All in all, Hades is an outstanding example of a work of classical reception. It modernizes the material, providing a charming and accessible point of entry into the world of classical mythology, but never deviates too far from the source material. It treats its plot no more seriously than it needs to and, but for one misstep, seamlessly incorporates present-day ideas about classical antiquity. The game is at moments deeply learned, but that erudition never becomes burdensome or obtrusive. This combination of characteristics makes it an extremely appealing prospect for use as an educational tool—the amount of information that finds its way into Zagreus’ conversations with the game’s other characters, which are legitimately enjoyable in their own right, is considerable. The fact that this educational material is presented over the course of the standard gameplay (unlike something like the Discovery Tour mode in some of the more recent Assassin’s Creed games, which disposes of all gameplay and allows the player to walk through game’s setting as if in a museum) creates a situation in which an instructor might feel like they are ‘tricking students into learning.’ With Hades, Supergiant Games has found an extremely satisfying balance between being informative and entertaining.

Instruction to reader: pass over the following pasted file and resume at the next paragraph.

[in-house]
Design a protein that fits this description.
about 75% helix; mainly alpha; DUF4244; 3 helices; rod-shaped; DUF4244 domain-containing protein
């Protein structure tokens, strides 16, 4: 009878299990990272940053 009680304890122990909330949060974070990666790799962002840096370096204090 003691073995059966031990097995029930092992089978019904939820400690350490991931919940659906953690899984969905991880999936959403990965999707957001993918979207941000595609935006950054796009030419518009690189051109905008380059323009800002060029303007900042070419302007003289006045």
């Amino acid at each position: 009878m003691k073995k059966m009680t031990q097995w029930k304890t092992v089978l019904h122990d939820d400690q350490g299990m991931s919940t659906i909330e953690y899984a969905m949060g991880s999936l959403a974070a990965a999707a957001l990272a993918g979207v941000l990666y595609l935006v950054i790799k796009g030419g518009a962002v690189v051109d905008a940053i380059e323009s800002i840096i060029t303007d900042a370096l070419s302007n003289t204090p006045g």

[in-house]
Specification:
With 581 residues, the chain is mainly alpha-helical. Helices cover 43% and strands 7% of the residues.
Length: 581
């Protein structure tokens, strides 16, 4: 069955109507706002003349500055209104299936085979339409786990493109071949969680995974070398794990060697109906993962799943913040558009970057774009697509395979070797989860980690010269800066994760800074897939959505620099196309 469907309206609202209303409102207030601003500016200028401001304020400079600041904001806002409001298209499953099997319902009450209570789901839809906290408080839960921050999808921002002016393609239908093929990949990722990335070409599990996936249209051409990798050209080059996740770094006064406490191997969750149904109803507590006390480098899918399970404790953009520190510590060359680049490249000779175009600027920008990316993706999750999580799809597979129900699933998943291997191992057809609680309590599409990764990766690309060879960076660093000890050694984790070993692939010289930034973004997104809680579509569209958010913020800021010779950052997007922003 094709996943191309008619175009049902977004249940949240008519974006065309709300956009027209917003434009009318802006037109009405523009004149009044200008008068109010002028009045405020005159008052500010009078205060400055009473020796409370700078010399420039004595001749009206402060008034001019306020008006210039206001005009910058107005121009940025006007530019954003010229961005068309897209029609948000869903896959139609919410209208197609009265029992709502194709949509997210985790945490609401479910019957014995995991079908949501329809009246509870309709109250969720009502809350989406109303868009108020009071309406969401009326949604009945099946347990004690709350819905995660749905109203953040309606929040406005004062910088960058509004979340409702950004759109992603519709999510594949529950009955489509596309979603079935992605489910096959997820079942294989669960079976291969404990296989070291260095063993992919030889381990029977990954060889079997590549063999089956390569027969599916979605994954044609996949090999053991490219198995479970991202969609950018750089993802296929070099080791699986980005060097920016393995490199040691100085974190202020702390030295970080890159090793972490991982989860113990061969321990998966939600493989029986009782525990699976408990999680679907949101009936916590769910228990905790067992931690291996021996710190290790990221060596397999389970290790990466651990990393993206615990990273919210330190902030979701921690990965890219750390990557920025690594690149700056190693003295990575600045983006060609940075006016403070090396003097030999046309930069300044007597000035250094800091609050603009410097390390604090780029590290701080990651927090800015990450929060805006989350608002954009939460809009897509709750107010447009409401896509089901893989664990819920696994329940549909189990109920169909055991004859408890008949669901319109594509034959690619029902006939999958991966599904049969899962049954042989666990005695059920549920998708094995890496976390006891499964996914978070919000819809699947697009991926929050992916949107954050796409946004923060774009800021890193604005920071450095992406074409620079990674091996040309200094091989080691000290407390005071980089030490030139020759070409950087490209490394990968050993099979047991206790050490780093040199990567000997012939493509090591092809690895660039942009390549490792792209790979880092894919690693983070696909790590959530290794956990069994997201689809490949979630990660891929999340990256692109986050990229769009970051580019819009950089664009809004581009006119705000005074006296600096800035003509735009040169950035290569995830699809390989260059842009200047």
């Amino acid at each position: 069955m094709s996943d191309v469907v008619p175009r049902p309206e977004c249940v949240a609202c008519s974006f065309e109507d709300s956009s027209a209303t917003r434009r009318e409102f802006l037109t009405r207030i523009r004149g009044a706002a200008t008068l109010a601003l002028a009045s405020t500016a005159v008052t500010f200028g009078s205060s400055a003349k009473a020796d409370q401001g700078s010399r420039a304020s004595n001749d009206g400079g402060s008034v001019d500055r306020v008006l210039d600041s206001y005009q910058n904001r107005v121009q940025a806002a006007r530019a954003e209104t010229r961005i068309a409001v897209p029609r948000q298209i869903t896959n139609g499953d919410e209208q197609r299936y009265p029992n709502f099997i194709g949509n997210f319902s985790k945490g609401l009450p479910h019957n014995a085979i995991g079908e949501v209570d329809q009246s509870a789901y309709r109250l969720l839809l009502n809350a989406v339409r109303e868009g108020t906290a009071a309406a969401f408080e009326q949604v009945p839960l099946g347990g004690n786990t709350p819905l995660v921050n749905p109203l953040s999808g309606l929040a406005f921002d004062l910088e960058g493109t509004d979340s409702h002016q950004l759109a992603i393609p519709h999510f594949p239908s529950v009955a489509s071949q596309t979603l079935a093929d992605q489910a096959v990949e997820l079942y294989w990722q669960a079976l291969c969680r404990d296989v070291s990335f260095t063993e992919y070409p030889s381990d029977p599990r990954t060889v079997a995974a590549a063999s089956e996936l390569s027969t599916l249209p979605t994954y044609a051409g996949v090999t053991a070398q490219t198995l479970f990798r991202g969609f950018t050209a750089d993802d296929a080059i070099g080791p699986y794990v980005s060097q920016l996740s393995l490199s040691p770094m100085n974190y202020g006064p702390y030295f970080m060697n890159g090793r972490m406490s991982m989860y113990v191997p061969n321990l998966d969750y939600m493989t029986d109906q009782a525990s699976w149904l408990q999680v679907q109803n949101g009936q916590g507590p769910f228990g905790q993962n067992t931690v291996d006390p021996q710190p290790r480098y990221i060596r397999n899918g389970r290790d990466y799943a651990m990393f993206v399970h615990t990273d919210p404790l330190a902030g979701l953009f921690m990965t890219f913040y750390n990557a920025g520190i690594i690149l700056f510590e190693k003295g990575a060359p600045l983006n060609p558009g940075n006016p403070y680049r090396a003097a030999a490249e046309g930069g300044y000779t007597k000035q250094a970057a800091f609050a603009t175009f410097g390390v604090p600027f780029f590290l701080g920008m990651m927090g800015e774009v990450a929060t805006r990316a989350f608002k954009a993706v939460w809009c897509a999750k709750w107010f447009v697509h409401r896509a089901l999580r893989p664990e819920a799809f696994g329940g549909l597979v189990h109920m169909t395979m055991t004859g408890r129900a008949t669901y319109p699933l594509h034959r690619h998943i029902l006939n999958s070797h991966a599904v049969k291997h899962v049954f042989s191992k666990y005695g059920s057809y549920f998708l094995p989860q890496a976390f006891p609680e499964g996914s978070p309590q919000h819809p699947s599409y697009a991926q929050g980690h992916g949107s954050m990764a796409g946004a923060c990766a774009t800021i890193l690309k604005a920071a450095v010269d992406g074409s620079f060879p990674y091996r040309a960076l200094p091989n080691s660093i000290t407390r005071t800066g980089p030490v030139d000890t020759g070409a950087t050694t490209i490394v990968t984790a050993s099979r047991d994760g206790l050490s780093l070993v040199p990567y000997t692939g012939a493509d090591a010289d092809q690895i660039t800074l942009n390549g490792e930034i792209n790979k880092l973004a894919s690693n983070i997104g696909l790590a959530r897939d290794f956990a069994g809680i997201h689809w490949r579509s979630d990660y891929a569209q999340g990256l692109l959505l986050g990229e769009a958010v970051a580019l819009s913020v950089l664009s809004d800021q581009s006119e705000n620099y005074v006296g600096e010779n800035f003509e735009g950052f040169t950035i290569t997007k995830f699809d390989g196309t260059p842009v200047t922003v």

McCoskey, Denise Eileen. “Black Athena, White Power: Are We Paying the Price for Classics’ Response to Bernal?” Eidolon, 15 Nov. 2018. https://eidolon.pub/black-athena-white-power-6bd1899a46f2. Accessed 20 December 2022.
Scott, Aimee Hinds. “Rape or Romance? Bad Feminism in Mythical Retellings,” Eidolon, 3 Sep. 2019, https://eidolon.pub/rape-or-romance-1b3d584585b8. Accessed 20 December 2022.
David Welch is a PhD candidate in Classics at the University of Texas, Austin, where he is finishing a dissertation that explores the intermedial relationship between Julius Caesar’s Commentaries and the Roman triumphal procession. He received his MA in Classics from the University of Kansas in 2014. In addition to intermediality and Roman historiography, his research interests include language pedagogy and receptions of classical antiquity in modern SF.